The Official Website
The 2009 Burnett Gathering - Friday - Aberdeen Trip
Friday July 31st
A number of the group headed for Aberdeen. They were accompanied by some Clan Hay members including Angus Hay who
has considerable knowedge of local history and proved an admirable assistant to the tour leader, Charles Burnett, the Ross
Richard Miller was in attendance as were our children Eliza and Victor. Established in 1495, Old Aberdeen is an area of unique
historical significance This charming medieval settlement is home to an abundance of architectural and cultural riches
including 500-year old University of Aberdeen campus, a stunning Georgian Town House and one of Scotland's oldest
cathedrals. Over the centuries the combination of church, University and trading post has created a rare working heritage
Charles Burnett reports as follows:
"Old Aberdeen with its University founded in 1495, and New Aberdeen with its University founded in 1593, was amalgamated
as one Burgh in 1891. Before then the two Universities had been amalgamated in 1860. Each burgh and university had
connections with the Burnetts either as inhabitants, land owners, or as students.
Members of the House of Burnett visited both places on 31st July 2009 starting at the Town House in Old Aberdeen where a
portrait purported to be Sir Thomas Burnett of Leys was inspected, but the sitter was not accompanied by the Burnett coat of
arms. (Coffee in the Town House was with the compliments of the University).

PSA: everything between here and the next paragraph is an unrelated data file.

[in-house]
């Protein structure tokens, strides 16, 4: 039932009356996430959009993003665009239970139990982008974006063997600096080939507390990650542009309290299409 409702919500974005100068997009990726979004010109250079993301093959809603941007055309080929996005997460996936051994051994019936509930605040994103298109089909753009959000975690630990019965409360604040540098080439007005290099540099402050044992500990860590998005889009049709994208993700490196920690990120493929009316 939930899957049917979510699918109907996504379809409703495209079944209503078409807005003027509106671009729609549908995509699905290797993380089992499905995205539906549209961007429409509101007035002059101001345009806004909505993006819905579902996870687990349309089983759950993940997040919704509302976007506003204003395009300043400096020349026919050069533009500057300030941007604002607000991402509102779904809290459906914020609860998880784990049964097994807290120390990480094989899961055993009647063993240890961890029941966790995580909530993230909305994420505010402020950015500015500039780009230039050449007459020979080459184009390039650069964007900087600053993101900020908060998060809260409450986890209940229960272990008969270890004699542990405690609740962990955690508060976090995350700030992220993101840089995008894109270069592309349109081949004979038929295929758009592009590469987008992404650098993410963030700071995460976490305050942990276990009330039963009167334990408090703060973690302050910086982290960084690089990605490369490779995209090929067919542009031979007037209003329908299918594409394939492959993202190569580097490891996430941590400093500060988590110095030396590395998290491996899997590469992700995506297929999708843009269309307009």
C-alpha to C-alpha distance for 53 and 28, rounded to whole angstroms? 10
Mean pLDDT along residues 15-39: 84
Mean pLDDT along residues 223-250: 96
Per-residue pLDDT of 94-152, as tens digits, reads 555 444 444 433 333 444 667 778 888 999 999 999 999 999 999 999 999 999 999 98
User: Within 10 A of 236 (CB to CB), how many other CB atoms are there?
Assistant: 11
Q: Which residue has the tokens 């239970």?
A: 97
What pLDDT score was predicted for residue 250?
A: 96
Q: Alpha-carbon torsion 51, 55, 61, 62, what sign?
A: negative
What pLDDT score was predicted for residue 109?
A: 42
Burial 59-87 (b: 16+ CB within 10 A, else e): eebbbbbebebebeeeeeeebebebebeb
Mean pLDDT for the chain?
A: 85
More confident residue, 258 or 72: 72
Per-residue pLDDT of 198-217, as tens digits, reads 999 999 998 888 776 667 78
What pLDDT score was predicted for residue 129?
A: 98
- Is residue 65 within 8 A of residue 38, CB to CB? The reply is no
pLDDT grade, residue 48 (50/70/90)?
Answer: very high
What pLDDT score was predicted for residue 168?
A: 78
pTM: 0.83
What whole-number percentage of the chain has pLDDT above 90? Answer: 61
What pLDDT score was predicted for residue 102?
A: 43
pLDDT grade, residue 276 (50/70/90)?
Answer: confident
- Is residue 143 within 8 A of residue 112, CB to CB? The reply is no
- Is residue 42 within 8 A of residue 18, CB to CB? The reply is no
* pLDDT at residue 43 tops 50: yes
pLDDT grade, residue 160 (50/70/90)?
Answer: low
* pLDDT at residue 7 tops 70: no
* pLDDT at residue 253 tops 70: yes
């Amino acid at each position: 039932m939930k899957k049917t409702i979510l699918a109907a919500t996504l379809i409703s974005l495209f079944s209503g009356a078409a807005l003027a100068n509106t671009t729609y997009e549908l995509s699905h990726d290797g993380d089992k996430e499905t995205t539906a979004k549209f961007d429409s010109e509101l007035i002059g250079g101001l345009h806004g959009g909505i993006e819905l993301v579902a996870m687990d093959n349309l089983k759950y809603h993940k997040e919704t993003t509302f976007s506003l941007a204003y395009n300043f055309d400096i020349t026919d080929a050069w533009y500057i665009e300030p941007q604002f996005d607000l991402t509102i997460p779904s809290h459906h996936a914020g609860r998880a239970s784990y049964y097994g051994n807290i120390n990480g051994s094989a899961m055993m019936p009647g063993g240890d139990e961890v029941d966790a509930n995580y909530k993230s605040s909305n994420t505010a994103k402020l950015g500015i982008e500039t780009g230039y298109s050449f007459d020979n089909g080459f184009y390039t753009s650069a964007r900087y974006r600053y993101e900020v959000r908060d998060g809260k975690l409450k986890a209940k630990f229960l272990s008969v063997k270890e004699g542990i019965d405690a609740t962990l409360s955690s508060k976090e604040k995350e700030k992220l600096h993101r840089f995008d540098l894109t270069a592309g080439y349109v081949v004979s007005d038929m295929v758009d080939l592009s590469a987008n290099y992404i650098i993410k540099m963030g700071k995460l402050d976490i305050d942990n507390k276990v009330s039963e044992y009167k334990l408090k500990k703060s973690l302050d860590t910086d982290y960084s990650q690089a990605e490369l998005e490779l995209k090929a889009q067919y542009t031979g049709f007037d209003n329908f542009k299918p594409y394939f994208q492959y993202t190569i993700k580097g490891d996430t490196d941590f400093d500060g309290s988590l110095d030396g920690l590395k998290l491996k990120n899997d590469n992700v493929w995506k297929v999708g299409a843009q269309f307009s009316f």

The visit continued with a look at the exterior and interior of King's College Chapel, opened in 1509, which is surmounted by
a superb crowned steeple. The interior contains the finest pre-Reformation woodwork left in Scotland. Then we had a look at
the great heraldic ceiling of 1524 in St Machar's Cathedral, a unique masterpiece which shows the kings of Europe, the Pope
and bishops of Scotland, and the King of Scot with his nobles. (A planned visit to the Senate House had to be changed but
there was time to visit the well stocked Cathedral Kiosk.
We proceeded through the astonishing entrance gates of the Burnett of Powis estate, now owned by the University, and had
an excellent luncheon in the Zeste restaurant.
Fully refreshed, we proceeded to St Andrew's Episcopal Cathedral in New Aberdeen which has close connections with the
Diocese of Connecticut in the United States of America. Why? Because Samuel Seabury, the first American bishop, was
consecrated in Aberdeen by the seven Episcopal bishops at the time when America was striving to gain independence. As a
result there is a ceiling in the Cathedral decorated with the Seals of 48 of the United States, before Alaska and Hawaii were
added to the Union. There is another ceiling bearing the 48 coats of arms of Episcopal families who supported the attempt to
restore the Stewarts to the throne of Great Britain. Amongst the shields are those of John Burnett of Campfield and the
Burnetts of Daladies.
Our tour ended in St Nicholas Parish Kirk, the mother church of Aberdeen, which contains the graves of at least four Burnetts
who were merchant burgesses of the Burgh. We saw carved woodwork of the seventeenth century and massive grave slabs
with the arms of Burnett all within the medieval crypt of the Kirk. (In both St Andrew's and the Burnett Crypt in St Nicholas
we received a warm welcome and personal tour from the stewards and the minister himself.)